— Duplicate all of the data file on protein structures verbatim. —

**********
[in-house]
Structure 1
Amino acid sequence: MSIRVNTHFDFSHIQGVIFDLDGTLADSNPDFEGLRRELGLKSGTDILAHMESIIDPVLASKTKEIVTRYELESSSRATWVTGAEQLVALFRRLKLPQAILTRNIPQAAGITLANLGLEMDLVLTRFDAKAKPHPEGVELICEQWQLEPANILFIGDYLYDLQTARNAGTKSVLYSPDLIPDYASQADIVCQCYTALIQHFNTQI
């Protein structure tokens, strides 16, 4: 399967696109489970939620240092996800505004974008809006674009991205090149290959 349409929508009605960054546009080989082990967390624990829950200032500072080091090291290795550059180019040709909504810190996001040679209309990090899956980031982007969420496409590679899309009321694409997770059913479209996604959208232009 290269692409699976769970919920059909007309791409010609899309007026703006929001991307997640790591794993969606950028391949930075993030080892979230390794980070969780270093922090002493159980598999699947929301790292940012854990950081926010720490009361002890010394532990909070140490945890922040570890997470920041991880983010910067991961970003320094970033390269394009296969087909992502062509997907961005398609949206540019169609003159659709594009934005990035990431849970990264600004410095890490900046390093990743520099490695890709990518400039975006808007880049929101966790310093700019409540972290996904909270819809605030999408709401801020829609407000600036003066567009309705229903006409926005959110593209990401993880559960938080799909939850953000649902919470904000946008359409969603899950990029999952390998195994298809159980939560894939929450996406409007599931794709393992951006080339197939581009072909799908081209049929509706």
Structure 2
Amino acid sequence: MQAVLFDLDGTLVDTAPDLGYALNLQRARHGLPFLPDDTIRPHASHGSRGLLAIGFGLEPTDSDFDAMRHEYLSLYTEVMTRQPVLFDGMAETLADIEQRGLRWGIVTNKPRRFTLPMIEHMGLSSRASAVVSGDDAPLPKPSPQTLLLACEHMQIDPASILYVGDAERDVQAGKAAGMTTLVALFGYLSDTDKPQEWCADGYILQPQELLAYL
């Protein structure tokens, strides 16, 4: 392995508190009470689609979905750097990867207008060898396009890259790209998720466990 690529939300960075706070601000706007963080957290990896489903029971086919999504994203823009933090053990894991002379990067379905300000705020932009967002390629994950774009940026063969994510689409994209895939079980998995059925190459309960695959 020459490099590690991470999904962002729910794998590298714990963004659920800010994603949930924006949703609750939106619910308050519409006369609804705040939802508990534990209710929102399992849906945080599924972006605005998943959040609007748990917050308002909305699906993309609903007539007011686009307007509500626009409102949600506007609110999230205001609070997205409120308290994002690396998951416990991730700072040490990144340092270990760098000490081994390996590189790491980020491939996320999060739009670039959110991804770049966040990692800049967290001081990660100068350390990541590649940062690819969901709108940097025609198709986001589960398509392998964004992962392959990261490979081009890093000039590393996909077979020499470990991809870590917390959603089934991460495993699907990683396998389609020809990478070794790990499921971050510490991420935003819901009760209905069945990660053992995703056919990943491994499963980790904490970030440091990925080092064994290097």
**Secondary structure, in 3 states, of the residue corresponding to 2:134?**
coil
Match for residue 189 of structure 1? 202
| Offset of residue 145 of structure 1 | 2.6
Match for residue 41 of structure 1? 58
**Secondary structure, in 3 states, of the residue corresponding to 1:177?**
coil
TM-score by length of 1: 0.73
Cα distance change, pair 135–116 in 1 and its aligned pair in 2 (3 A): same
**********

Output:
[in-house]
Structure 1
Amino acid sequence: MSIRVNTHFDFSHIQGVIFDLDGTLADSNPDFEGLRRELGLKSGTDILAHMESIIDPVLASKTKEIVTRYELESSSRATWVTGAEQLVALFRRLKLPQAILTRNIPQAAGITLANLGLEMDLVLTRFDAKAKPHPEGVELICEQWQLEPANILFIGDYLYDLQTARNAGTKSVLYSPDLIPDYASQADIVCQCYTALIQHFNTQI
């Protein structure tokens, strides 16, 4: 399967696109489970939620240092996800505004974008809006674009991205090149290959 349409929508009605960054546009080989082990967390624990829950200032500072080091090291290795550059180019040709909504810190996001040679209309990090899956980031982007969420496409590679899309009321694409997770059913479209996604959208232009 290269692409699976769970919920059909007309791409010609899309007026703006929001991307997640790591794993969606950028391949930075993030080892979230390794980070969780270093922090002493159980598999699947929301790292940012854990950081926010720490009361002890010394532990909070140490945890922040570890997470920041991880983010910067991961970003320094970033390269394009296969087909992502062509997907961005398609949206540019169609003159659709594009934005990035990431849970990264600004410095890490900046390093990743520099490695890709990518400039975006808007880049929101966790310093700019409540972290996904909270819809605030999408709401801020829609407000600036003066567009309705229903006409926005959110593209990401993880559960938080799909939850953000649902919470904000946008359409969603899950990029999952390998195994298809159980939560894939929450996406409007599931794709393992951006080339197939581009072909799908081209049929509706």
Structure 2
Amino acid sequence: MQAVLFDLDGTLVDTAPDLGYALNLQRARHGLPFLPDDTIRPHASHGSRGLLAIGFGLEPTDSDFDAMRHEYLSLYTEVMTRQPVLFDGMAETLADIEQRGLRWGIVTNKPRRFTLPMIEHMGLSSRASAVVSGDDAPLPKPSPQTLLLACEHMQIDPASILYVGDAERDVQAGKAAGMTTLVALFGYLSDTDKPQEWCADGYILQPQELLAYL
């Protein structure tokens, strides 16, 4: 392995508190009470689609979905750097990867207008060898396009890259790209998720466990 690529939300960075706070601000706007963080957290990896489903029971086919999504994203823009933090053990894991002379990067379905300000705020932009967002390629994950774009940026063969994510689409994209895939079980998995059925190459309960695959 020459490099590690991470999904962002729910794998590298714990963004659920800010994603949930924006949703609750939106619910308050519409006369609804705040939802508990534990209710929102399992849906945080599924972006605005998943959040609007748990917050308002909305699906993309609903007539007011686009307007509500626009409102949600506007609110999230205001609070997205409120308290994002690396998951416990991730700072040490990144340092270990760098000490081994390996590189790491980020491939996320999060739009670039959110991804770049966040990692800049967290001081990660100068350390990541590649940062690819969901709108940097025609198709986001589960398509392998964004992962392959990261490979081009890093000039590393996909077979020499470990991809870590917390959603089934991460495993699907990683396998389609020809990478070794790990499921971050510490991420935003819901009760209905069945990660053992995703056919990943491994499963980790904490970030440091990925080092064994290097």
**Secondary structure, in 3 states, of the residue corresponding to 2:134?**
coil
Match for residue 189 of structure 1? 202
| Offset of residue 145 of structure 1 | 2.6
Match for residue 41 of structure 1? 58
**Secondary structure, in 3 states, of the residue corresponding to 1:177?**
coil
TM-score by length of 1: 0.73
Cα distance change, pair 135–116 in 1 and its aligned pair in 2 (3 A): same